As many of you may already know, Swim Ireland and Triathlon Ireland have teamed up to offer dual memberships. You can read more about this here. Marijke Beltman, undoubtedly one of the most active, inspiring people I’ve ever known, decided to take the plunge, and she’s written about her experience below. Enjoy.. –JJ
Jump into the deep end-taking on the challenge of Leinster Open Sea swimming
When Swim Ireland and Triathlon Ireland offered a linked membership at the back end of 2016 I though: ‘Sure why not’. I registered for both (and Belpark!) and didn’t really think about it anymore. Fast forward to May and an email landed in my inbox announcing the Leinster Open Sea Swimming Calendar for the 2017 season.
The process was simple: go to howdidyouswim.com, register, get a race number and then just show up. And so I did.
My first race was the race on the June bank holiday weekend at the Great South Wall – Organised by Half Moon Swimming Club. Not knowing the process, I was a bit nervous but those nerves were gone quick enough as everybody was very welcoming. At that point Belpark was not yet registered as a swimming club which meant I was racing as a special member under Swim Ireland as a club. As such I was expected to race in a wetsuit but as I was planning to swim in skins. They were very good to me and gave me a handicap so that I could start in the normal race.
Let me explain the handicap: this is a time at which you start, basically the idea is that you then chase the people that start ahead of you and pass then and potentially win. As all the ladies around me were way more experienced OW swimmers than me (I had met a few at the Vampire swim and also at the Turgursius Island swim in Lough Lene) I knew I would be happy if a I wasn’t last. My handicap was 6.5 minutes meaning that I would start 6.5 minutes after ‘GO’ which is the start (handicap 0). 6.5 minutes seemed a lot… either way I was too early but that meant I could watch and see how the system worked as then men started before the ladies (this is always the case).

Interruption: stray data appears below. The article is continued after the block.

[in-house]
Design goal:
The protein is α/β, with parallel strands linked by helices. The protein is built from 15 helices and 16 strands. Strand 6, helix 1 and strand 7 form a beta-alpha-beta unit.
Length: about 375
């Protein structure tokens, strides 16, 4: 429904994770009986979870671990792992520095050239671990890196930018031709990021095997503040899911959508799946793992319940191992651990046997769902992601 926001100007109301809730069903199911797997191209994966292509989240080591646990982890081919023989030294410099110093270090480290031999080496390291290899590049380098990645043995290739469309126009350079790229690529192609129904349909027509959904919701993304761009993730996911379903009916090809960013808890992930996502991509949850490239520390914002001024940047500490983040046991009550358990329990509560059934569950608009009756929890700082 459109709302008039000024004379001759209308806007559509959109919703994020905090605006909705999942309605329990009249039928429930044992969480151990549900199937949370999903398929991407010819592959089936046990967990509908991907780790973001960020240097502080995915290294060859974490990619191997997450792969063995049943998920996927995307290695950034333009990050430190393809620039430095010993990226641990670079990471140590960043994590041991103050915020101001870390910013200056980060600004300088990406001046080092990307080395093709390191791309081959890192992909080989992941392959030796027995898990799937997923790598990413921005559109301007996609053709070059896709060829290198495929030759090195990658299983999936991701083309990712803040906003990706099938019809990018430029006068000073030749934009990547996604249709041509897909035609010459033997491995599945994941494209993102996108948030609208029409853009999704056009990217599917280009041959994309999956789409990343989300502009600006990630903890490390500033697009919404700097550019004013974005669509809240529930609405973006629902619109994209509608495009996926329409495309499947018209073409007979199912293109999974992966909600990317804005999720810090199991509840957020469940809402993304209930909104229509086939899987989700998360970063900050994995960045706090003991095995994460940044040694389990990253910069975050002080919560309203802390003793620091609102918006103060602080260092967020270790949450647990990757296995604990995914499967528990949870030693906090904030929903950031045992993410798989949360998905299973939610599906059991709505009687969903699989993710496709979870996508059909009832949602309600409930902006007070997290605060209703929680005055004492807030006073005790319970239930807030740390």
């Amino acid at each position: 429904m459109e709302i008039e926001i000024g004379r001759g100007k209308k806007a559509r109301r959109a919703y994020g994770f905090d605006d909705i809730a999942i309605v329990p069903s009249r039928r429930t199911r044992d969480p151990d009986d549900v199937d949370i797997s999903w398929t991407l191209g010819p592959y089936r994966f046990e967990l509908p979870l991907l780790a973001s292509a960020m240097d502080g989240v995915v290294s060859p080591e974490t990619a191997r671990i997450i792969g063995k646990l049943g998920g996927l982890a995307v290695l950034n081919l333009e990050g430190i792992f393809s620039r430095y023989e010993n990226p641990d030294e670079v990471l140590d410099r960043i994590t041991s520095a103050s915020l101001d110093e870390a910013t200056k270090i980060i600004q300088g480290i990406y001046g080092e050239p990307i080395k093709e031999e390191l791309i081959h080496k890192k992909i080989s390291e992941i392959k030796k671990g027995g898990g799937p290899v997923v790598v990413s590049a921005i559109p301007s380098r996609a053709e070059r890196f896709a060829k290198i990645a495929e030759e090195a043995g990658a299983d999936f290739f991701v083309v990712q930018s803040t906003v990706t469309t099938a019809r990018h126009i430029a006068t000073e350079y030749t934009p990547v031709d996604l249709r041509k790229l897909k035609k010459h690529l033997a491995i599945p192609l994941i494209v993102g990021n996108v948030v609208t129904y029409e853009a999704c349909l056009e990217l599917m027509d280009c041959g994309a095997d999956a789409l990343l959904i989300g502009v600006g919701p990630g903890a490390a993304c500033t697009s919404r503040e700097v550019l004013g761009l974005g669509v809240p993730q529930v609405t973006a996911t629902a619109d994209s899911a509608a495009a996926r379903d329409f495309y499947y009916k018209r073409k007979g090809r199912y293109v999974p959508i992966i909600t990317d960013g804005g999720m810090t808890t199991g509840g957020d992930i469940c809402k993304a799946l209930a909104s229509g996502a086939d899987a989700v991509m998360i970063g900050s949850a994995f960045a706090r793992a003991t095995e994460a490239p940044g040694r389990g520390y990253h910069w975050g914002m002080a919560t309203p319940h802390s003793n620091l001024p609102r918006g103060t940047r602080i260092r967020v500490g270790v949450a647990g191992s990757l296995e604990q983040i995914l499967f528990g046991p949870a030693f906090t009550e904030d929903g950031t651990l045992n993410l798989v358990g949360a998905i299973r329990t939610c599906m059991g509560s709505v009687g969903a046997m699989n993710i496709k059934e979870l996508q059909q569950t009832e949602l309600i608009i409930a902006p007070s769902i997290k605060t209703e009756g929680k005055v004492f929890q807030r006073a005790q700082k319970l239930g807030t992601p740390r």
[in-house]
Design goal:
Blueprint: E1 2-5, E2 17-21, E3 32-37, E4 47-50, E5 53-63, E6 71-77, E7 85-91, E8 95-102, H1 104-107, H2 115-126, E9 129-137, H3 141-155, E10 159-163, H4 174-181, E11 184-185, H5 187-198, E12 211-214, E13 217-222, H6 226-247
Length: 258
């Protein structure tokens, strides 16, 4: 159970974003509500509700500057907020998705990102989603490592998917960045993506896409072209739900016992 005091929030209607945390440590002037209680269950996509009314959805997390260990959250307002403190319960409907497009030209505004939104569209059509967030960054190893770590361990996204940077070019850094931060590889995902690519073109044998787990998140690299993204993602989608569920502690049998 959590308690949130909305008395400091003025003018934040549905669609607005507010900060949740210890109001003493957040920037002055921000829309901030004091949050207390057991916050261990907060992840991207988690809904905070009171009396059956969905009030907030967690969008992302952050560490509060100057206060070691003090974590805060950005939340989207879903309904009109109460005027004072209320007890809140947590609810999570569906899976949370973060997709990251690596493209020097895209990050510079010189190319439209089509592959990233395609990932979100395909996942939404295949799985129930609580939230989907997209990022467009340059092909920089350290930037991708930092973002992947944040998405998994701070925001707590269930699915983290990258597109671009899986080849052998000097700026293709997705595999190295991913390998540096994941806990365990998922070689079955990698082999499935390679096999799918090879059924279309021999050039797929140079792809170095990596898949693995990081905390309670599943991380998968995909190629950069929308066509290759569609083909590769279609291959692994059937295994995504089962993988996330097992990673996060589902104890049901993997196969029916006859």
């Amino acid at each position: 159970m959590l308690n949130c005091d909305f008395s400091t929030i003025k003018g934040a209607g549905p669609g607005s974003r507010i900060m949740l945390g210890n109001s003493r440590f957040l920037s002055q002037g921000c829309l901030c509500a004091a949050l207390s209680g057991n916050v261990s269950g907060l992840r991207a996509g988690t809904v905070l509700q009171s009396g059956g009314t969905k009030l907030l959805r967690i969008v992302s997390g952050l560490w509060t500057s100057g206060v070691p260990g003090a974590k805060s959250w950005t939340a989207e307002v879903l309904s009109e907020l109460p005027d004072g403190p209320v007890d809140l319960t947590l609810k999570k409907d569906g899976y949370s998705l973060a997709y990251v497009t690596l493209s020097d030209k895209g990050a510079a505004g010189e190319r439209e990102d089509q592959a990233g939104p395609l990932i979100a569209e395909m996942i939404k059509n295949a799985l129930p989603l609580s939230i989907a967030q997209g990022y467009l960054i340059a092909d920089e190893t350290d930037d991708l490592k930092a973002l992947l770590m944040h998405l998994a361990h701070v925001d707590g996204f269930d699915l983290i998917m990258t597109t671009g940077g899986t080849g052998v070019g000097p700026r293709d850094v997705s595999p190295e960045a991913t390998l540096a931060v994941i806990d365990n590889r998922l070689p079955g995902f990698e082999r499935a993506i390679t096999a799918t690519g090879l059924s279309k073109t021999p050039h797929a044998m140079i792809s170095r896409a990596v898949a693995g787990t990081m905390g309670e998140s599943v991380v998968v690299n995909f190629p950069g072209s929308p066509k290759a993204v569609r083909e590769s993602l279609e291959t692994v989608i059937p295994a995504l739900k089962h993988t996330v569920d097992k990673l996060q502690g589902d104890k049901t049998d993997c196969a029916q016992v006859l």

The men bunched up nicely (meaning the handicap system worked) and before I knew it the safety briefing for the ladies was on. The water had gone a bit choppier and we were told they were going to pull the buoys in for us for safety reasons (have to say they are extremely safety conscious-the races don’t start unless they have 3 ribs in the water). Before I knew it the handicaps were called out, 6.5 minutes came and I was off. Slow and steady with a bit of sight seeing due to the buoys being moved but I made it around and wasn’t quite last. Happy days. The timing systems is very much like that of Parkrun: at the finish you get a token which is your position, this then later gets attached to the time that is kept by the timer and that is it. Simple but effective!.
As most weekends there was another race the next day, at Lough Lene in Westmeath. This is probably one of the nicest lakes in the country, completely clear and flat as a pancake. I know the lake quite well, this is the place where I did my first middle distance race (the notorious CXIII which no longer exists). I kept my handicap and made it around this one as well. At this point news started to filter through that Belpark would get registered as a swimming club pretty soon which was a nice prospect as that meant that anyone swimming under Belpark as a club could now qualify for the Dun Laoghaire harbour swim and the Liffey Swim (which special members cannot). Too bad both races clash with other races I already planned this year (surprise!).
Fast forward to the first weekend of July and again I could take my pick of multiple races: Seapoint on Friday (postponed due to the swimming ban), Docklands/Liffey on Saturday and Portmarnock on Sunday. For the Docklands/Liffey swim, the course was one of 2 loops, starting at the Jeanie Johnston, heading across the Liffey to the far side, downstream under the Samuel Beckett bridge, across again and back up. My handicap was coming down to 6min 15 sec-whatever extra I would gain in 15 sec?! Pretty cool to have both the Jeanie Johnston and Convention Centre as sighting points! The Liffey at this point was surprisingly salty (more sea than river – I have only ever swam at Islandbridge where it’s fresh water) and there was a bit of pull in the river. I wasn’t last again but close to it, partially because I had problems with the glaring sun and could not see where I was going and partially because I just was slow…
Overall: these swims are really good fun to do, the OW people are nice and welcoming. Yes you will have to let go of the safety of a wetsuit which does make a difference on speed but in a way it’s like swimming with drag shorts: you’re so much faster and it feels so much easier when you have your wetsuit on in a race if you have trained/raced in skins!!! Anyone interested to take on he challenge register on howdidyouswim.com to get a number and check Leinster Open Sea Swimming on Facebook and Twitter for updates on races!
Go on, go on, go on, you know you want to!!!